There are so many things I’d like to blog about from my trip to San Antonio, from the unexpected bicycle culture, to the art and architecture, to the conference I attended, and so on. But I think the first blog should be about the coolest find – a B-Cycle “B-Trike”!
The Mechanic had joined me after the conference ended, and wanted to test out the B-Cycle bikes as well, since it is the competitor system to Alta and Capital Bikeshare here in DC (and Citibikes and Divvy bikes and Bixi and so on). So we picked up a pair of the gray Trek bikes near the Blue Star Arts (and beer and bikes) complex, and cruised down the Mission Trail to Mission San Jose. This was my goal, since it is the only national park in the area, and I wanted to get my National Parks Passport stamped.
We were both extremely impressed by the Mission Trail. The nice wide path ran alongside the San Antonio River, included decorative elements in the design of the path, and was dotted all along the way with picnic tables, benches, shaded rest areas, and signage about the river improvements project the city is undertaking. It never felt unsafe, although it did feel really, really hot… It is such a jewel in this city to have so much space dedicated to getting people outdoors. If we’d had more time, and it wasn’t so hot, we would have biked the entire trail.
But upon arrival at the Mission, we immediately zeroed in on what was innocently parked at the docks – a red trike!
I had read recently that B-Cycle was testing out trikes in their system, but never thought I’d actually see one. We mentioned it to the park staff when we went into the visitor’s center, who said it had been there all morning. We didn’t exactly rush through the mission to make sure it was still there when we were done, but, well, we kinda did.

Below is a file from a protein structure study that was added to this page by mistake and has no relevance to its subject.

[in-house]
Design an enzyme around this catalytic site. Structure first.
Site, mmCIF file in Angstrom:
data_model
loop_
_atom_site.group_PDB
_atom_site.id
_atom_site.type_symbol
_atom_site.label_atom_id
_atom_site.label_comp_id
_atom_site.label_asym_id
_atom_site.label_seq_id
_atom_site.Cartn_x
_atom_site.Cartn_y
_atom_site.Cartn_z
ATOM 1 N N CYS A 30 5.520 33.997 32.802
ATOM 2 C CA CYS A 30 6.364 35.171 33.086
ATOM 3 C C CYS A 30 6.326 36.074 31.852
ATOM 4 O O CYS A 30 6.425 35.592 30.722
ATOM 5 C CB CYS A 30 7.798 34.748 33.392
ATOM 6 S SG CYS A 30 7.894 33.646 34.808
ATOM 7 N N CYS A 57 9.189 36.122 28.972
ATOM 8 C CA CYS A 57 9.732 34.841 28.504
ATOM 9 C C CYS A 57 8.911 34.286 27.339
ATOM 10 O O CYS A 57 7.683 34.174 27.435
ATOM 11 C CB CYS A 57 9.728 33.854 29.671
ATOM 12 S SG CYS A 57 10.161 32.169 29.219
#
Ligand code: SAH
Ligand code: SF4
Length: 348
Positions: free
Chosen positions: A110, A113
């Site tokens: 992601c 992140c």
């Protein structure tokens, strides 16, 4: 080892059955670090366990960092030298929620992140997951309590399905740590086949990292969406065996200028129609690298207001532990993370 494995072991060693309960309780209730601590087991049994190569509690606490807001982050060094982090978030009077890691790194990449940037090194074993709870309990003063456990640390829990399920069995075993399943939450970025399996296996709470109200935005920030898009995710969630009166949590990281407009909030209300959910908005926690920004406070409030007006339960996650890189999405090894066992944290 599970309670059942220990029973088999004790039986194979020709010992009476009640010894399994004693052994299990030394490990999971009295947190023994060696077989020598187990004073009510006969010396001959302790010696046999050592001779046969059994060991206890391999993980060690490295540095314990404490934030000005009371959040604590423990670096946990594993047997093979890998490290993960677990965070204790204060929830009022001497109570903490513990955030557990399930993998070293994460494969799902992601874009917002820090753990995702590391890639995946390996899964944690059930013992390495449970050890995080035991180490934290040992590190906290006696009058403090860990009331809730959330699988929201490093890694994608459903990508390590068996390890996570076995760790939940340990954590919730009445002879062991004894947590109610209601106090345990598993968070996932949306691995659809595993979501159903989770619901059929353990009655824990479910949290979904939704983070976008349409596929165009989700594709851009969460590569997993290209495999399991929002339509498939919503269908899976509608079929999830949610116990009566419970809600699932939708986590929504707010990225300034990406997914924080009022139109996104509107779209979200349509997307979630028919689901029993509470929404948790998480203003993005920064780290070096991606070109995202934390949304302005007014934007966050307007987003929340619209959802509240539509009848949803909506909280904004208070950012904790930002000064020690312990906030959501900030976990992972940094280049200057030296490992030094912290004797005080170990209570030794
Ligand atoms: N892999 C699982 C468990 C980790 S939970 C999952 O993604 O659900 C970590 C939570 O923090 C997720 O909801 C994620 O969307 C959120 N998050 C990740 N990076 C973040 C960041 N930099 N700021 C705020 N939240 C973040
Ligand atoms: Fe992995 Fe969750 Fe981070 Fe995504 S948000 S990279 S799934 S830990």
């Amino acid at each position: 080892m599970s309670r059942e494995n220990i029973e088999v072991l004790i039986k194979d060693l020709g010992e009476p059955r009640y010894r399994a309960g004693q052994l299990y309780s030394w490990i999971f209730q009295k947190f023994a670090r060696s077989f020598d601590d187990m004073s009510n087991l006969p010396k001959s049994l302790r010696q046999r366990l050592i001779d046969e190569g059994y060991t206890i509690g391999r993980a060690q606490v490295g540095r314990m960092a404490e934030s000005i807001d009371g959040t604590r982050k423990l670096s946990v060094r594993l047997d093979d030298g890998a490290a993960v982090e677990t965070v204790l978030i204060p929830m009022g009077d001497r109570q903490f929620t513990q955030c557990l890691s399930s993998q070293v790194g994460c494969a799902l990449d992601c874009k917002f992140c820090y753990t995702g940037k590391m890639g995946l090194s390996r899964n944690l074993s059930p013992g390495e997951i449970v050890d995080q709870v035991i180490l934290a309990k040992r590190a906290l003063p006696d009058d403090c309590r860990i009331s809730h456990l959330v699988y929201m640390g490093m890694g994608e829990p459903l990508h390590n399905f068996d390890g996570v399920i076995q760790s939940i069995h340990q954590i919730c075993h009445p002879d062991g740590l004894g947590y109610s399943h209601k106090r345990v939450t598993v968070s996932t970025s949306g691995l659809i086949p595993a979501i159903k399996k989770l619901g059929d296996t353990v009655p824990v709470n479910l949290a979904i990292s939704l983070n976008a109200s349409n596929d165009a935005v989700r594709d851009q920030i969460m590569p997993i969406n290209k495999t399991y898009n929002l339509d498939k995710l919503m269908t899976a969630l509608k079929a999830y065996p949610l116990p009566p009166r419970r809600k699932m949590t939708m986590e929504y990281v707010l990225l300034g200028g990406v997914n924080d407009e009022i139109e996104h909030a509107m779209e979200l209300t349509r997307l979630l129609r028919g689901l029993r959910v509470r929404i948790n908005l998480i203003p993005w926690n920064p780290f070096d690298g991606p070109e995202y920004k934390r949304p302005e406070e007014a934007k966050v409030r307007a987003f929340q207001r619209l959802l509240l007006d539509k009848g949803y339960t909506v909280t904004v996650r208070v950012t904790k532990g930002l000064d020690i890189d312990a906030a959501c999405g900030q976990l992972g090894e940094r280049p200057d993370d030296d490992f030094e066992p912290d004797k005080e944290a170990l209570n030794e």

We headed back to the trail on a more direct route, which took us on some surface streets, so I got to test the B-Trike on both city streets and the trail. The Mechanic pointed out that the wheels were barely wider than my shoulders, therefore it was not wider than a normal bike on the roads. Of course, those two back wheels being wider than we are used to, there were more than one near miss when the trike got too close to the edge of the trail or road.
Because the left tire was low and the wheel wasn’t trued, it felt a bit wobbly and hard to steer. It was hard to get used to not having a kickstand – and it did tend to roll if we stopped on not perfectly flat spots. It also has coaster brakes, which I am not used to. But the excitement of having the trike far outweighed any problems we had.
During one of my mini projects at the conference, we talked about how useful trikes would be in a bikeshare system to allow the elderly or disabled to be able to bike around and get some exercise. Now that I’ve ridden one, I really do think that including some of these would be a great way to market bikeshare to that population. We all know how important it is for people to continue to exercise as they age, so making trikes available means that anyone would be able to run errands without a car. The back basket adds a huge amount of carrying capacity to the front basket – I could easily do my grocery shopping with all this space. I would actually probably use a trike often, if Capital Bikeshare had them.
Yes, still excited about this – as you might guess! Getting to test out a B-Trike makes me feel very cutting edge (haha!) and convinces me that they need to be integrated into bikeshare systems everywhere. Way to go B-Cycle!